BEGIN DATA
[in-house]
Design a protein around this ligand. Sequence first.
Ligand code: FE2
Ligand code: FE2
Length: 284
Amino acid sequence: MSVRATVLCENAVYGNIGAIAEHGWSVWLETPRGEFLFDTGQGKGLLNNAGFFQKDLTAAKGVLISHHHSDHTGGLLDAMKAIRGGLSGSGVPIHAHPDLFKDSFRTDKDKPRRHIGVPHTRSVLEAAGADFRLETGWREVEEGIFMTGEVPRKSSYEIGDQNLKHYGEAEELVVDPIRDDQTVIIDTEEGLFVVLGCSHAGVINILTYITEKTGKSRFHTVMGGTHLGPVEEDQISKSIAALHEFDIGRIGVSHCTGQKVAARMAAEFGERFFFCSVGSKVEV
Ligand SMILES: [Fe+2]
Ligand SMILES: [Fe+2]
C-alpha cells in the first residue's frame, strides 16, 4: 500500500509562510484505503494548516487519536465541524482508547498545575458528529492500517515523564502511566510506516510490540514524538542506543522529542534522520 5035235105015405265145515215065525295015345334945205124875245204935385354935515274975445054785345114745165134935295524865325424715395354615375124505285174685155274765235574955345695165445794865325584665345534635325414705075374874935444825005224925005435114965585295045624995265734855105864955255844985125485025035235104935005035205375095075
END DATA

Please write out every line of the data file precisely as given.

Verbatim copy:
[in-house]
Design a protein around this ligand. Sequence first.
Ligand code: FE2
Ligand code: FE2
Length: 284
Amino acid sequence: MSVRATVLCENAVYGNIGAIAEHGWSVWLETPRGEFLFDTGQGKGLLNNAGFFQKDLTAAKGVLISHHHSDHTGGLLDAMKAIRGGLSGSGVPIHAHPDLFKDSFRTDKDKPRRHIGVPHTRSVLEAAGADFRLETGWREVEEGIFMTGEVPRKSSYEIGDQNLKHYGEAEELVVDPIRDDQTVIIDTEEGLFVVLGCSHAGVINILTYITEKTGKSRFHTVMGGTHLGPVEEDQISKSIAALHEFDIGRIGVSHCTGQKVAARMAAEFGERFFFCSVGSKVEV
Ligand SMILES: [Fe+2]
Ligand SMILES: [Fe+2]
C-alpha cells in the first residue's frame, strides 16, 4: 500500500509562510484505503494548516487519536465541524482508547498545575458528529492500517515523564502511566510506516510490540514524538542506543522529542534522520 5035235105015405265145515215065525295015345334945205124875245204935385354935515274975445054785345114745165134935295524865325424715395354615375124505285174685155274765235574955345695165445794865325584665345534635325414705075374874935444825005224925005435114965585295045624995265734855105864955255844985125485025035235104935005035205375095075